4 Gross Things That Can Happen When You Go Barefoot
Sinking your bare feet into warm, sun-kissed sand can be a stress buster, but for one Canadian couple, going without shoes on a recent beach vacation turned out to be disastrous.
Katie Stephens, of Windsor, Ontario, posted a note and cringeworthy photos on her Facebook page after she and her boyfriend returned from a Dominican Republic resort trip with a hookworm infection.
“Please be careful when in the sand and wear shoes! My boyfriend and I recently got back from Punta Cana to discover that we both have larva migrans,” Stephens warned in her post.
Here are a few more details about the condition they brought home from their beach trip, plus four more disgusting — and in some cases, life-threatening — ailments that can happen when you go shoeless.Cutaneous larva migrans
What is it? “It’s a parasitic infection caused by the larval stages of cat or dog hookworms,” says Eric Brown, Ph.D., Associate Professor of Epidemiology, Human Genetics and Environmental Sciences at The University of Texas School of Public Health, Center for Infectious Diseases.
How you get it: “It can happen to anybody,” says Brown, but primarily occurs in areas of the world where sanitation is poor. You can pick it up if you go barefoot on sand or soil where hookworm-infected dogs and cats have left feces.
Symptoms: Itching, swelling, linear raised tracks under the skin, pain with walking.
Treatment: Most cases resolve on their own but treatment with albendazole can also help, according to the CDC.MRSA
What is it? Methicillin-resistant Staphylococcus aureus (MRSA) is a type of staph bacteria that’s resistant to many antibiotics.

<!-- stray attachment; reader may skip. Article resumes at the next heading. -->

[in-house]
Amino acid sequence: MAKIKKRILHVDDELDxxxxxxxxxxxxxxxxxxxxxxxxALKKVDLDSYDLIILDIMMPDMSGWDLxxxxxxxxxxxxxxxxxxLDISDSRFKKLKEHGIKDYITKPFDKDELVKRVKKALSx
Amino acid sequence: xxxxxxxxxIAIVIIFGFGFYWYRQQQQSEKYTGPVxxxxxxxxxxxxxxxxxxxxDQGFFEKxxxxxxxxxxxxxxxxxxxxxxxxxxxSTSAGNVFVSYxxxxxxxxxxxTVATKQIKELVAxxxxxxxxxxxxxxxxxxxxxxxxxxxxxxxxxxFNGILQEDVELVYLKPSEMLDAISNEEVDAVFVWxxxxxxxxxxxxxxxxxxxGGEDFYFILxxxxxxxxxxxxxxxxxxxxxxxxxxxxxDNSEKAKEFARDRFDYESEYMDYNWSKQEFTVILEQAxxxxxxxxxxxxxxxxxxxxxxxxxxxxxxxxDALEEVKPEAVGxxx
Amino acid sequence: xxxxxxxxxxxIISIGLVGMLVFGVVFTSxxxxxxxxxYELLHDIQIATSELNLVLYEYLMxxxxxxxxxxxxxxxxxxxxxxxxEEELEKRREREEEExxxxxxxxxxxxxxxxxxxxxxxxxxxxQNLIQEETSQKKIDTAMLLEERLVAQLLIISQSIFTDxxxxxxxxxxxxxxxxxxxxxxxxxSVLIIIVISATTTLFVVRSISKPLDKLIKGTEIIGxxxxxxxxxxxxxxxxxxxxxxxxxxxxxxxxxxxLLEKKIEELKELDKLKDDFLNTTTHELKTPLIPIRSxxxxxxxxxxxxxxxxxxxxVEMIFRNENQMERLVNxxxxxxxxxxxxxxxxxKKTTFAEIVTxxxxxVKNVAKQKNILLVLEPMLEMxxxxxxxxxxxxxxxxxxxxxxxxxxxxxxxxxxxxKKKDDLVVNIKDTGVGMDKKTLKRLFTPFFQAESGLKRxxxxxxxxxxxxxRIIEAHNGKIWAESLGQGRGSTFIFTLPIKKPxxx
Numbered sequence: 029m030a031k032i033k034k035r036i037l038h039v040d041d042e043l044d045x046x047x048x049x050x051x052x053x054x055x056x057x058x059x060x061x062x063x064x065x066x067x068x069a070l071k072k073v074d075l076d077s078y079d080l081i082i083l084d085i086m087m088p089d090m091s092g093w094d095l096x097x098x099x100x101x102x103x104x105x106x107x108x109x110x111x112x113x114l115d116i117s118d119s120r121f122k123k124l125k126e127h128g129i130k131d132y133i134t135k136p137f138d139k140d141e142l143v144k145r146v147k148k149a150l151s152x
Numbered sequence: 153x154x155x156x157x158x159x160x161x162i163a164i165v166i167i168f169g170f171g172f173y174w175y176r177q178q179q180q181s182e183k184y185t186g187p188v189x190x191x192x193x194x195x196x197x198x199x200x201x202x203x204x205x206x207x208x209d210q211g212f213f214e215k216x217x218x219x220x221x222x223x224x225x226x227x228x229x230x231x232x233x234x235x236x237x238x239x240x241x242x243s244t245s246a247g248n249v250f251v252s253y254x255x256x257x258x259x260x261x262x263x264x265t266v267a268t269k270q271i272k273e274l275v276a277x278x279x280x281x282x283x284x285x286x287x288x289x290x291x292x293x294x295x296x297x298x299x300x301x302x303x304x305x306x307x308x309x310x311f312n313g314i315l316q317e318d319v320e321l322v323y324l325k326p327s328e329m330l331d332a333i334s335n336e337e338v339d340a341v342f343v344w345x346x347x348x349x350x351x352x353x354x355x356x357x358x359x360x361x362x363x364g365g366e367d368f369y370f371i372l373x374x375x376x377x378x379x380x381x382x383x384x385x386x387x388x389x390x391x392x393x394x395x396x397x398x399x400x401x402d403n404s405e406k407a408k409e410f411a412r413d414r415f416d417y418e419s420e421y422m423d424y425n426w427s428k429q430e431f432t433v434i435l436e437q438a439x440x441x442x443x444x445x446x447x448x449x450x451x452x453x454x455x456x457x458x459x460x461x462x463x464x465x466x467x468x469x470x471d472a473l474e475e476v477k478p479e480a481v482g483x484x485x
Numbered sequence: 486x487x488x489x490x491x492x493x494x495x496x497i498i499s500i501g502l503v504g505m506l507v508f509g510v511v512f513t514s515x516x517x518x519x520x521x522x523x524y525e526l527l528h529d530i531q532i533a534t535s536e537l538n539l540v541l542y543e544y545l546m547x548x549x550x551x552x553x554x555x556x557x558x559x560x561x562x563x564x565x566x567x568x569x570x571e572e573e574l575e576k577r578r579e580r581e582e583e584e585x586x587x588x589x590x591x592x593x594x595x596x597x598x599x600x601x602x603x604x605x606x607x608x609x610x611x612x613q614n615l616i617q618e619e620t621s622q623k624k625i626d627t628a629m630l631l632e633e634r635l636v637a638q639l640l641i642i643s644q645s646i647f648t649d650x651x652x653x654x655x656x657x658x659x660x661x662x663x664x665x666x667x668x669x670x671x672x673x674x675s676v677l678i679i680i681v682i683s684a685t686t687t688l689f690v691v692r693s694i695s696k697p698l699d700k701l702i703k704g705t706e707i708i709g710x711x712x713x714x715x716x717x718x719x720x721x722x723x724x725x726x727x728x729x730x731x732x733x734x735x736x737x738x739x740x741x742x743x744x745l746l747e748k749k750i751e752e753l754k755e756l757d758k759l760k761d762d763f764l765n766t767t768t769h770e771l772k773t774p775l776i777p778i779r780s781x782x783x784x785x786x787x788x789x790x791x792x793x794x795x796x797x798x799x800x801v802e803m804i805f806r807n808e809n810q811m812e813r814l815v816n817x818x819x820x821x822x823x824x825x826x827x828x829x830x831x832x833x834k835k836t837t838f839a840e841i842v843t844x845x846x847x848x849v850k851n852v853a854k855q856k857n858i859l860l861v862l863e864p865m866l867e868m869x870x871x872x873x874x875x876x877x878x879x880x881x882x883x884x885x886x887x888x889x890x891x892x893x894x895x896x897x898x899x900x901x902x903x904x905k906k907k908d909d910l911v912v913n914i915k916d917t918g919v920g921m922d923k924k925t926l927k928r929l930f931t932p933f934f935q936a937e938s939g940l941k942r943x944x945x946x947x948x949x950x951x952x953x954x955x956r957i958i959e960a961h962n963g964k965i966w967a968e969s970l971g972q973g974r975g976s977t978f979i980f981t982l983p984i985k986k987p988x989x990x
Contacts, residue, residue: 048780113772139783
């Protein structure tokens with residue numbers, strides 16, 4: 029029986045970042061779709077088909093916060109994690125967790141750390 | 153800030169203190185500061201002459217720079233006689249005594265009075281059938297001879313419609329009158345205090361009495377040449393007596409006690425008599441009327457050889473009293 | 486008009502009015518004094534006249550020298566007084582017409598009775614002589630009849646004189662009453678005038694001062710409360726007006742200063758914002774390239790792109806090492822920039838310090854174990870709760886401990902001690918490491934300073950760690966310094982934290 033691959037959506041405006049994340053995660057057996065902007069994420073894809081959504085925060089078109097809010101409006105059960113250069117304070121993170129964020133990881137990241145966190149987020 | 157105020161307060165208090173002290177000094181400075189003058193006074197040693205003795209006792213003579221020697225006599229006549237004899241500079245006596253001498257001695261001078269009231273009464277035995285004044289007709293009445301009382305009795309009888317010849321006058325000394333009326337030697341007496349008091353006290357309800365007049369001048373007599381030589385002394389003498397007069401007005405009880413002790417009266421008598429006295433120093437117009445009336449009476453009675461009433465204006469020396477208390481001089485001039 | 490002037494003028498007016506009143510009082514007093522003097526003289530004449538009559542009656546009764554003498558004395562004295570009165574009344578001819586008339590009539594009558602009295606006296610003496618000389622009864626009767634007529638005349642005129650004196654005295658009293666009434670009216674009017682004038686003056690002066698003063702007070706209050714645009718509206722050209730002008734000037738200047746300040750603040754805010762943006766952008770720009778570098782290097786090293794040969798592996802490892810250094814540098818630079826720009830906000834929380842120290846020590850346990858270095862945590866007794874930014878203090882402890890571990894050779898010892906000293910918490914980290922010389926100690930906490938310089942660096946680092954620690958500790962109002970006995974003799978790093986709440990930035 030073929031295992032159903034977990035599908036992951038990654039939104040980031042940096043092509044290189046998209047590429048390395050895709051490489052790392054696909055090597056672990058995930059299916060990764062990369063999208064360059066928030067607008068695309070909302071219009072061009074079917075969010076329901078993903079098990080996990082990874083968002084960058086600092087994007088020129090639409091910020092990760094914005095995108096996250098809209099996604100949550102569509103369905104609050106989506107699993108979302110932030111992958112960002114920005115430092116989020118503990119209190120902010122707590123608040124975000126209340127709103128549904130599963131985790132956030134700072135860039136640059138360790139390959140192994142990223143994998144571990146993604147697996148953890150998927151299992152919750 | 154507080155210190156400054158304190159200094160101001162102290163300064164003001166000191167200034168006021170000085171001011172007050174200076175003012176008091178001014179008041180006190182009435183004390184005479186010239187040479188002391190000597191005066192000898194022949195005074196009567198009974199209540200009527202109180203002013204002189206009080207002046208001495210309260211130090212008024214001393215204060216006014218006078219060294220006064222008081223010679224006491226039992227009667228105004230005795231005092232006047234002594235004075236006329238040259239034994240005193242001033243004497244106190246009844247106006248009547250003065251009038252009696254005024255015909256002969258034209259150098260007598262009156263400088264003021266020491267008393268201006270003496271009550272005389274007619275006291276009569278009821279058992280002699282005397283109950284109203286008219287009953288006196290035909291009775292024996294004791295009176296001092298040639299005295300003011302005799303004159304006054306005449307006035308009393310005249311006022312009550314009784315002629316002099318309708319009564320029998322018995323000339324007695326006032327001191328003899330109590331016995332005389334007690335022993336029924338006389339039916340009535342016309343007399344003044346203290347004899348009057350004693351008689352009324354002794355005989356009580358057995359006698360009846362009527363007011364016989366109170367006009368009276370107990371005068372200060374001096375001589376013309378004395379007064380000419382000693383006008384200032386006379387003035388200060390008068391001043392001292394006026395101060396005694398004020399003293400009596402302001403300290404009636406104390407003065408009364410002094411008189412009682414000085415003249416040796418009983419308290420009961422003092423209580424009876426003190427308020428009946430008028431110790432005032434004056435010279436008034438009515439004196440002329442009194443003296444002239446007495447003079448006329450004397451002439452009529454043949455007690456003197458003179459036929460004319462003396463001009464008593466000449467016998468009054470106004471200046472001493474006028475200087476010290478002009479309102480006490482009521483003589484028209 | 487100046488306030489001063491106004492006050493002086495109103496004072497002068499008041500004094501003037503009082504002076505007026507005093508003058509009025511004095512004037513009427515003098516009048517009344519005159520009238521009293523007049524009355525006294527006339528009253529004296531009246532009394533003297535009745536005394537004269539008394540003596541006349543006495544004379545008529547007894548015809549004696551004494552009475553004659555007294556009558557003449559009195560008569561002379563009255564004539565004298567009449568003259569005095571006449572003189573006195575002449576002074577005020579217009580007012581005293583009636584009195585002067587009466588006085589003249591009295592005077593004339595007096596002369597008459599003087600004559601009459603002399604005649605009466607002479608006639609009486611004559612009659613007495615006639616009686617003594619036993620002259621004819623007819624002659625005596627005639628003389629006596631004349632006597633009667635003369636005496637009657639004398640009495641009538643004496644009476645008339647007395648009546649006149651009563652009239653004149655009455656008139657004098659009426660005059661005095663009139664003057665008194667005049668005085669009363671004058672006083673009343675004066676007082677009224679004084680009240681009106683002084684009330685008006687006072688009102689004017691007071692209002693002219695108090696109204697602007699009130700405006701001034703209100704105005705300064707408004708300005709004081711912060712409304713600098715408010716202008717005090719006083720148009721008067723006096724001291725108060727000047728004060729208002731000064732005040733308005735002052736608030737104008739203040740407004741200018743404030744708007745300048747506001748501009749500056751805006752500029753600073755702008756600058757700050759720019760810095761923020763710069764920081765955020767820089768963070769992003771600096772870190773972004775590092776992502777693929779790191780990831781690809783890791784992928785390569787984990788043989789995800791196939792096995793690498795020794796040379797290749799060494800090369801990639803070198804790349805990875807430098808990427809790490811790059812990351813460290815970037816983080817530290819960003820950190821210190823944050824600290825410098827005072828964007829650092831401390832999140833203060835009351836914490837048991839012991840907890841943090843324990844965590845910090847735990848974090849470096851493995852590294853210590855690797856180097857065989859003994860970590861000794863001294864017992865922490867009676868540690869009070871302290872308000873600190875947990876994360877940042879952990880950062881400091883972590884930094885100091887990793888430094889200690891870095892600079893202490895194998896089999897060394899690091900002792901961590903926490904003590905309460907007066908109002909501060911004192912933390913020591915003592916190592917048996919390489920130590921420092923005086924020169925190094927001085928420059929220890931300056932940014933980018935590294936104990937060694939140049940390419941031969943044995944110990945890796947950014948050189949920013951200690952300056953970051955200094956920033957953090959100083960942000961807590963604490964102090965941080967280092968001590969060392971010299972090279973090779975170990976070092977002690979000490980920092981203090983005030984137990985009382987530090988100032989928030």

How you get it: You can get community-associated MRSA when you’re walking around barefoot in the gym or a locker room, through a cut in the skin.
Symptoms: A small lesion on the skin that becomes red, irritated, swollen, warm, painful, or turns into a puss-filled blister. “If you have a lesion that starts out small and gets worse fast, don’t wait. Go straight to the urgent care or emergency room,” warns Brown. MRSA can be life-threatening.
Treatment: Certain antibiotics can kill MRSA. Some patients may need surgery to drain a MRSA abscess. Warning: Don’t try to drain your own at home.Fungal infection
What is it? You can get a fungal infection on your nails (onychomycosis) or the skin of your feet (tinea pedis), better known as athlete's foot. If left untreated, it can look pretty ugly.
How you get it: Walking barefoot anywhere fungal spores are on the ground, including public gyms, swimming pools, spas, college dorms, and public bathrooms. “Fungus thrives in a moist environment. Someone infected may just walk barefoot and if they have fungus, they deposit fungal spores on the surface where you can get it,” says Robert K. Lee, DPM, Chief of Podiatric Foot and Ankle Surgery at UCLA Medical Center, in Santa Monica.
Symptoms: Nails can become thickened, whitish or yellow-brown, brittle, crumbly, ragged, distorted in shape, and foul smelling. On the skin, you can get a scaly red rash, itching, and sometimes blisters or ulcers.
Treatment: Over-the-counter topical antifungal creams to start. Most creams for athlete’s foot respond well, but the success rate for toenail fungus is only 15%. “We then move on to oral medications. But the problem with them is that there’s a small risk of liver damage,” Lee says. Some doctors also prescribe a medicated nail polish, called ciclopirox (Penlac) for toe fungus, say Mayo Clinic experts.Tungiasis
What is it? A parasitic disease caused by the female sand fly or chigoe flea — sometimes called a jigger — burrowing into the skin. “They primarily infect you in the feet or heals and toe nails. It’s a nasty, nasty infection,” says Brown. It occurs in poorer areas of the world, including Central and South America, the Caribbean, and Africa.
How you get it: Walking around barefoot in the sand where this type of flea lives.
Symptoms: Itching, irritation, inflammation, ulcers, lesions, pain with walking.
Treatment: Surgical extraction of burrowed sand fleas and topical application of dimeticone. Health experts also recommend prevention using insect repellent in risky areas.Want some general tips for keeping your feet safe?
UCLA's Lee recommends taking preventive steps, including wearing a good shoe or sandal — something with a firm sole and arch support — to protect your feet. Flip flops don’t offer much protection, he notes. Use a good insect repellent, too, when walking on the beach or in the outdoors, and always sit on a towel or blanket to avoid parasites.